Model Airplane News|
RAF B.E. 12
Model Airplane News Cover Art for May, 1964
by Jo Kotula
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The Royal Aircraft Factory B.E.12 was a British single-seat aeroplane of The First World War designed at the Royal Aircraft Factory.
Photos of the RAF B.E. 12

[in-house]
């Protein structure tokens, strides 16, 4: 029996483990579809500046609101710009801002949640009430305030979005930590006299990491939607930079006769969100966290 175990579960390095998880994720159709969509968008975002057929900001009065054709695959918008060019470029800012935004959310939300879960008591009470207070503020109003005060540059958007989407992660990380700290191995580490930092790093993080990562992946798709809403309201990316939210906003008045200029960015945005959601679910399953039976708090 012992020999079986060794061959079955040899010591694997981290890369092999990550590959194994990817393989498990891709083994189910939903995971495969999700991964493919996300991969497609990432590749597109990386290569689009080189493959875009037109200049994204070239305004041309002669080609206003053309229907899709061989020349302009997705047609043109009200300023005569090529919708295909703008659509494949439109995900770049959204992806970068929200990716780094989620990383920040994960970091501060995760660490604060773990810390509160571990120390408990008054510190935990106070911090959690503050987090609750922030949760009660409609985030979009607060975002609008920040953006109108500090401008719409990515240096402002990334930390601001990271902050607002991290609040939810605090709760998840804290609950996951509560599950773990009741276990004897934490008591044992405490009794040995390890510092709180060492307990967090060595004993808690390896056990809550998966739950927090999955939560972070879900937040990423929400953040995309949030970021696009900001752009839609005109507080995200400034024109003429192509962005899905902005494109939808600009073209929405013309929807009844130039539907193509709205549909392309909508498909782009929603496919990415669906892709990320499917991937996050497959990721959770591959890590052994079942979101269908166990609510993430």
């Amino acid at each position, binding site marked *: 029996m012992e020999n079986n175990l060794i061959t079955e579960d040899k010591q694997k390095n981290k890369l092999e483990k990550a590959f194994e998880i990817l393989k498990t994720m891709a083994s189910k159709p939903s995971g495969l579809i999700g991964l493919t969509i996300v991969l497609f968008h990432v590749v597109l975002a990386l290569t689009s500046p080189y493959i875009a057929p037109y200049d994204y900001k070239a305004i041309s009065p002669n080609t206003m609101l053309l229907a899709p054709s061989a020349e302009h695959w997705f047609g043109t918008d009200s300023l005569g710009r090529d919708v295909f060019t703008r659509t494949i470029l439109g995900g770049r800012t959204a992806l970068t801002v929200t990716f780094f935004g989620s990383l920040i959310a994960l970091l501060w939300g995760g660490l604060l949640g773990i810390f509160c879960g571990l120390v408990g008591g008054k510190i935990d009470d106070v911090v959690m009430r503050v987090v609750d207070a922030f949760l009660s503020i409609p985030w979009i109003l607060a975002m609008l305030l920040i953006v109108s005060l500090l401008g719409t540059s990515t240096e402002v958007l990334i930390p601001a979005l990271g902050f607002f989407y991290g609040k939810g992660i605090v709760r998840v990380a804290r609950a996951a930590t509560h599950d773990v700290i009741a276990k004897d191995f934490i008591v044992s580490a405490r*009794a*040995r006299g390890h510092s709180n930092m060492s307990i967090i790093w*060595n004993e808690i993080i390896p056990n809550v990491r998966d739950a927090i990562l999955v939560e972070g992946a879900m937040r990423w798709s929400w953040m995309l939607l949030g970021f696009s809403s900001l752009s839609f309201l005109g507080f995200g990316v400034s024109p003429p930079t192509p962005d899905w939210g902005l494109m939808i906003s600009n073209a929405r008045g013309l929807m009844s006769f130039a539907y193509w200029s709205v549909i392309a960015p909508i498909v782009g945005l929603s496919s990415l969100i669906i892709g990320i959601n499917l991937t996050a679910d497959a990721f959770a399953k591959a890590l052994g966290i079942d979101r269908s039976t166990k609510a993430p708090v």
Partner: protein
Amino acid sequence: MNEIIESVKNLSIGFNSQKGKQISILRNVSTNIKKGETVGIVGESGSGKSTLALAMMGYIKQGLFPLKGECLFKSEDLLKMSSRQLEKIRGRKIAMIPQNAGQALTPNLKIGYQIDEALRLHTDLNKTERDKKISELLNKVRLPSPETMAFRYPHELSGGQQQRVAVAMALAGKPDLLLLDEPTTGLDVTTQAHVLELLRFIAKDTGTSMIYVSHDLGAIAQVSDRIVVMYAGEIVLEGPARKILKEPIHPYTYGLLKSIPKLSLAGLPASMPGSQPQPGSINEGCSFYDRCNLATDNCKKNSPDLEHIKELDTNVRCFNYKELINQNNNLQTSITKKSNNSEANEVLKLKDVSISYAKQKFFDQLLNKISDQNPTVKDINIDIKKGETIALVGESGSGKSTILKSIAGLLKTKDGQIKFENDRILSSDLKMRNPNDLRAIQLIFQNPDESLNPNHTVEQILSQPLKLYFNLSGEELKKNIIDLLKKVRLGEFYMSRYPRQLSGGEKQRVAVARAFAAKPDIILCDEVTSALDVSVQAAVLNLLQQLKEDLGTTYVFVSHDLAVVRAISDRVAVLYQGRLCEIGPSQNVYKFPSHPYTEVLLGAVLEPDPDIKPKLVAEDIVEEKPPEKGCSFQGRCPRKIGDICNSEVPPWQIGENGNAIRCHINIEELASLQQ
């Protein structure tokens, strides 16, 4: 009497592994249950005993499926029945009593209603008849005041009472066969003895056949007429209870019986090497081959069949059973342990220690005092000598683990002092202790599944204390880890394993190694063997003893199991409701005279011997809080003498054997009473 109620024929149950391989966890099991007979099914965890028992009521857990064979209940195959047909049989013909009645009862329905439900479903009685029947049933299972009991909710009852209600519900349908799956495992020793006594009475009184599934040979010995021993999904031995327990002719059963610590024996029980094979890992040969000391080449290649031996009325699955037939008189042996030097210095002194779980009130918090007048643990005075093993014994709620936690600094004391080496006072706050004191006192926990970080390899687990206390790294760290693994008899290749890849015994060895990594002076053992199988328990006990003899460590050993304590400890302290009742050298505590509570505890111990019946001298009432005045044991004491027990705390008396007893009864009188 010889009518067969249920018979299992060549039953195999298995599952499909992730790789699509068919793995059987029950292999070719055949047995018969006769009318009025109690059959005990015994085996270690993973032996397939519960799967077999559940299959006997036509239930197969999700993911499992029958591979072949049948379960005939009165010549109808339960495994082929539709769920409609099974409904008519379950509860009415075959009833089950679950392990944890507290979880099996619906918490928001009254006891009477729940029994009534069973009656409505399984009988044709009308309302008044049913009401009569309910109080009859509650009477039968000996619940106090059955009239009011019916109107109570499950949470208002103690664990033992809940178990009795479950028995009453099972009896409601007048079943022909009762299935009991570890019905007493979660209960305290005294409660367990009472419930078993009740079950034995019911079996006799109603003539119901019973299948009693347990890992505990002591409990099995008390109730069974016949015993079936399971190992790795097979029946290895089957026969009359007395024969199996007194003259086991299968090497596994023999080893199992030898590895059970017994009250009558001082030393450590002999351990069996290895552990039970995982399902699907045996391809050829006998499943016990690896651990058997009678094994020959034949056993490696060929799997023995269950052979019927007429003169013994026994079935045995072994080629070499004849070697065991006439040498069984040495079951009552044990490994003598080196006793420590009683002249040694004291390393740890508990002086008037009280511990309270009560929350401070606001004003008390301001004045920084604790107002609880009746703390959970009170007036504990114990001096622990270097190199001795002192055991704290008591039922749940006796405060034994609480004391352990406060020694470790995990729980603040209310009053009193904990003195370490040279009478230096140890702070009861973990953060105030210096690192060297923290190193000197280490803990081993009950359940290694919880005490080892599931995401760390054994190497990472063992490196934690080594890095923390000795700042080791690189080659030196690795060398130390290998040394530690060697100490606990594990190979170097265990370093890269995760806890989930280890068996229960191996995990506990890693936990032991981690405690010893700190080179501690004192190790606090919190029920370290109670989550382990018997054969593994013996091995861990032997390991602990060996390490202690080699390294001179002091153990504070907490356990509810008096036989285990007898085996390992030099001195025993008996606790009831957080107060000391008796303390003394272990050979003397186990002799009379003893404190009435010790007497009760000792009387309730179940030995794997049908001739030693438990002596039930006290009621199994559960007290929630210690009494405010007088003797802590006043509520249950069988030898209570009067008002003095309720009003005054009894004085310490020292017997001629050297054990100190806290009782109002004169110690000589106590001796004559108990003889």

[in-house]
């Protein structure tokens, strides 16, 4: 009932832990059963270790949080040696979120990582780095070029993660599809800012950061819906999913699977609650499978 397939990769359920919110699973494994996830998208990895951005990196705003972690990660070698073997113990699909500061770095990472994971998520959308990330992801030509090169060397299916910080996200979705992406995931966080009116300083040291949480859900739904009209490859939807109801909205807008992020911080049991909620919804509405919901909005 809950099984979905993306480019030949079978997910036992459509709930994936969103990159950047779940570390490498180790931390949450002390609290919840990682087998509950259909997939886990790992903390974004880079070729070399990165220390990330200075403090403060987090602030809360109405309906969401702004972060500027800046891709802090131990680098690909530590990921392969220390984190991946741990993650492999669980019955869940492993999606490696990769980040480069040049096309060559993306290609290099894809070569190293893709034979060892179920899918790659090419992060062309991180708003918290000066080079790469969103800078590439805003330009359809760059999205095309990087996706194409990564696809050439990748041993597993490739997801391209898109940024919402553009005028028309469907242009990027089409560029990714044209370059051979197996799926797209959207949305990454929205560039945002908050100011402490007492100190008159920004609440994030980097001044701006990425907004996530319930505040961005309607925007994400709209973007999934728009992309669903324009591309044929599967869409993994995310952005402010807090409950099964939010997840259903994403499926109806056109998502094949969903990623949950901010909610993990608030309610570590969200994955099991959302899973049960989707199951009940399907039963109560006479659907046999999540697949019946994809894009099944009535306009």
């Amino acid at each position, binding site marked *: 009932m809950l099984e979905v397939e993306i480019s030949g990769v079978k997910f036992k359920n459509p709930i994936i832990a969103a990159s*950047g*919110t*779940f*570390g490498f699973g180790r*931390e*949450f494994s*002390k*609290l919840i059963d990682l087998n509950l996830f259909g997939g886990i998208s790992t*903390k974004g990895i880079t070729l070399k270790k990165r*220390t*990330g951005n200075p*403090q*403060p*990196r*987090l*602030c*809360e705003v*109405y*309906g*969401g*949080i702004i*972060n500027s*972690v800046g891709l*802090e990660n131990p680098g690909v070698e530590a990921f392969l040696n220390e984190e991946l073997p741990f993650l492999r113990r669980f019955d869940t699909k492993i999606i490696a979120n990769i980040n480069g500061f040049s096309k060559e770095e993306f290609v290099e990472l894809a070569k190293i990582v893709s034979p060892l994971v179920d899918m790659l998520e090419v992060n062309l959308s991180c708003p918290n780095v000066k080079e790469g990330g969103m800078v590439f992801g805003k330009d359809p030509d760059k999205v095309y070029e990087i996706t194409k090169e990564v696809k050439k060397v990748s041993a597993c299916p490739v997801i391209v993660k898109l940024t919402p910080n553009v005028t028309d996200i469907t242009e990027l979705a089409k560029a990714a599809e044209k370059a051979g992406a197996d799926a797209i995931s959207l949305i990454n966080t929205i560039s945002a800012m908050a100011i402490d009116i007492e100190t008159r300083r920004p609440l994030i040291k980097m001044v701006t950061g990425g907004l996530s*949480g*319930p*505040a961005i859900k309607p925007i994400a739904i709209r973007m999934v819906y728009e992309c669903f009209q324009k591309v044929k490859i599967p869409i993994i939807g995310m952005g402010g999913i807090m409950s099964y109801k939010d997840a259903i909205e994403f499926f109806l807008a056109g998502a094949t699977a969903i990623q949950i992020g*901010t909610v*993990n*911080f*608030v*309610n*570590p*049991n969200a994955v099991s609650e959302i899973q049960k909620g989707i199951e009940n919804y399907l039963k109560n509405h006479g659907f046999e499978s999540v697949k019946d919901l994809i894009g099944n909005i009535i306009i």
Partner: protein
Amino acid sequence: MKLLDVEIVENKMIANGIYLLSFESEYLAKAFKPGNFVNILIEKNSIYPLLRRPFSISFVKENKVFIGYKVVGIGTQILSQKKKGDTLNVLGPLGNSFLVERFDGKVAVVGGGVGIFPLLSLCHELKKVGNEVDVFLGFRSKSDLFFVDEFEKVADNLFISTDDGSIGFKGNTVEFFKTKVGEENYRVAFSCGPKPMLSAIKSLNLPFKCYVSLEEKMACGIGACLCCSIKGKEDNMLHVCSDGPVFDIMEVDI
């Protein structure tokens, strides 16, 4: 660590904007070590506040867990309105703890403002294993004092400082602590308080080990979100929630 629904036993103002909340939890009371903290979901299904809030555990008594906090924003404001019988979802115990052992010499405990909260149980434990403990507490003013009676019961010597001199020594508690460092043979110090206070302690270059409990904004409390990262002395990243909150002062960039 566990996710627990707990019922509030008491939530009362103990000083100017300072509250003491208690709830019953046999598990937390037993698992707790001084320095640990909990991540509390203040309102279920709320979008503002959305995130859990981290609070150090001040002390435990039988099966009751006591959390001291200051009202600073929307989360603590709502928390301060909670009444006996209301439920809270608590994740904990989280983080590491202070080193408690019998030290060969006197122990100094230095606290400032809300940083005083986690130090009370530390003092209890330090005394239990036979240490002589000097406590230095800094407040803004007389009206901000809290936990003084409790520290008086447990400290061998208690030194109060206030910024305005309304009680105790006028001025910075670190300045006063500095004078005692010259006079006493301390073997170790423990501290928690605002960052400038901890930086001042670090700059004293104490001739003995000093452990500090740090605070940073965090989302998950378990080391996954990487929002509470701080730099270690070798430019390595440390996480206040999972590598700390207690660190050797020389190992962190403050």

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The B.E.12 was essentially a B.E.2c with the front (observer’s) cockpit replaced by a large fuel tank, and the 90hp RAF 1 engine of the standard B.E.2c replaced by the new 150 hp RAF 4. Aviation historians once considered the type purely as a failed attempt to create a fighter aircraft based on the B.E.2 - that was hastily improvised, and rushed into service to meet the threat of German airpower. While there is little doubt that the F.E. 12 occupies a dusty corner of aviation history, it was probably neither improvised nor rushed. Rather, it seems that the type was developed to test the RAF 4 engine. In mid 1915, the height of the German air superiority, a British single seat tractor aircraftcould not carry an effective forward firing armament because the Allies did not have an effective means of synchronizing the guns with the propellor. The most effective Royal Aircraft Factory single seat fighter at that time was the F.E.8 that had a pusher configuration. It was May 1916 (when the "Fokker scourge", as a period of real German air superiority, was over) that it was decided to fit a synchronised Vickers gun to the F.E. 12 – although armament trials had already been undertaken with upward firing Lewis guns, similar to those used by the night fighter version of the B.E.2c.
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